Orionid meteor shower: Best times to watch
Alert sky watchers may already be spotting signs that the annual Orionid meteor shower is back, but experts say the best time to see the streaking meteors won't be until this weekend.
In Los Angeles, the Griffith Observatory said the brightest meteors would reach their peak between 11 p.m. Saturday and 5:40 a.m. Sunday. They are best seen away from urban light pollution.
Up to 25 meteors per hour may be spotted if you're watching from a dark place.
The annual show -- named because the meteors appear to come from the constellation Orion -- occurs each October as the Earth, in its orbit around the sun, passes through a trail of dust left by Halley's Comet, according to NASA.
"Since 2006, the Orionids have been one of the best showers of the year, with counts in some years up to 60 or more meteors per hour," Bill Cooke, of NASA's Meteoroid Environment Office, said in a statement.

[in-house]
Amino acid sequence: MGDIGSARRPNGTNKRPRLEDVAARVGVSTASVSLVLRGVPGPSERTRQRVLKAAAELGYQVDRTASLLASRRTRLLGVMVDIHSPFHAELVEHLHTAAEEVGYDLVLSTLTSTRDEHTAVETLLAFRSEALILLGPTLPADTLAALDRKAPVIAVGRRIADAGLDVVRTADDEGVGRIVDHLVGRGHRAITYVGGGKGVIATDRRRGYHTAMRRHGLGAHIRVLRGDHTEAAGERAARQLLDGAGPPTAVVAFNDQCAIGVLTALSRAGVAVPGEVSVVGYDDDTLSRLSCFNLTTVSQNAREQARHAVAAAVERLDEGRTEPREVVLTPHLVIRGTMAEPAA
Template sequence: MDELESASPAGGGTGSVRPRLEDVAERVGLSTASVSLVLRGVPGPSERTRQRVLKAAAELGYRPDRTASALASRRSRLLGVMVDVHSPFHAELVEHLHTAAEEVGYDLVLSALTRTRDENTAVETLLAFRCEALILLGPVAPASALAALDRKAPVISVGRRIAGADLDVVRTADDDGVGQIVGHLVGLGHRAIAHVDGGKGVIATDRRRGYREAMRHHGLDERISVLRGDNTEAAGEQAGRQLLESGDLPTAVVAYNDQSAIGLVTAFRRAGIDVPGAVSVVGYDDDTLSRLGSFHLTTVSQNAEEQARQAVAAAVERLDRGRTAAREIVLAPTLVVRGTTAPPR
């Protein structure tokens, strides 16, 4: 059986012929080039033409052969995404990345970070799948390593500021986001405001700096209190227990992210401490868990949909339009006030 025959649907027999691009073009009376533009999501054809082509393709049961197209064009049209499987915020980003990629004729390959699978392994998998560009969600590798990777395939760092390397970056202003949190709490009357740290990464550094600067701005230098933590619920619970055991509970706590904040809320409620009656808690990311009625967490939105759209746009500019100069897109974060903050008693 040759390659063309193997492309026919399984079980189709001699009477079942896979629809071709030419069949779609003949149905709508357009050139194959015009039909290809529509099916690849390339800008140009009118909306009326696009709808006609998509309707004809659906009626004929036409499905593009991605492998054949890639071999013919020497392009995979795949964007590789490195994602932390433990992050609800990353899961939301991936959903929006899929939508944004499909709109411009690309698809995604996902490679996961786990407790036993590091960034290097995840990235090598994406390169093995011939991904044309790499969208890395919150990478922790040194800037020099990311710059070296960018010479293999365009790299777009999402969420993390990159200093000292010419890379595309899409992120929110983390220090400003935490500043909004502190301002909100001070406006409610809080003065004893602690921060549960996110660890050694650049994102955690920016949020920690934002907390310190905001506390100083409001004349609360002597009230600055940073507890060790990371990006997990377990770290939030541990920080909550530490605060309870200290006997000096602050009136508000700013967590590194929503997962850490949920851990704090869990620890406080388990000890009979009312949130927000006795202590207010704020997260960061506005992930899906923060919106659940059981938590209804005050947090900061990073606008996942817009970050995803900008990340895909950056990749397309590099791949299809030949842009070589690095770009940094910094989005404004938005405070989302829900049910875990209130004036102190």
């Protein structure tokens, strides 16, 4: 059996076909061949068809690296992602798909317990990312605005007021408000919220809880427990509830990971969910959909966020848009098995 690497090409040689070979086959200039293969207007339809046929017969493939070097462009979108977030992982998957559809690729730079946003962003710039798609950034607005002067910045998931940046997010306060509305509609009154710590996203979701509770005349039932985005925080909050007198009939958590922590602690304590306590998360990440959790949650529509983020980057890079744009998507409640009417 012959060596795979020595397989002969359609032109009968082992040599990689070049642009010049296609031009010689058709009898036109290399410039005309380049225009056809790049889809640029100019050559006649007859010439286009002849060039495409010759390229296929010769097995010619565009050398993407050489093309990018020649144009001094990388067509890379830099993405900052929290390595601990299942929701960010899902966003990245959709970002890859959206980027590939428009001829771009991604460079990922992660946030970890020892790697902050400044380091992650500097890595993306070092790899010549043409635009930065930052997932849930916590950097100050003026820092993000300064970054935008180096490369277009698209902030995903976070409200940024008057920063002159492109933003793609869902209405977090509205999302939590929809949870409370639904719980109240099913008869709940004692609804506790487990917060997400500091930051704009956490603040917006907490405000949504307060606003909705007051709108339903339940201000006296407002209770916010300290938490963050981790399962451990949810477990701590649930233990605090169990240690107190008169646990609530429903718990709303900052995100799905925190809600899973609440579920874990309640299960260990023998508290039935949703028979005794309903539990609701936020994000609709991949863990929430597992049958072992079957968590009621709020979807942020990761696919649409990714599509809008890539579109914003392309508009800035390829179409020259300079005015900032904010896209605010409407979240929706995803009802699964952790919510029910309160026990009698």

Sunday before sunrise should be the peak time for those hoping to get a glimpse of the meteors, NASA said, as Earth passes through the densest patch of the comet's debris. You won't need a telescope. To spot the shower, the agency said on its website, just "wake up a few hours before dawn, go outside and look up."
Both Jupiter and Venus should also be visible in the sky.
If you're looking for a few meteor-watching pointers, the Griffith Observatory will be holding a public star party Saturday evening.
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-- Kate Mather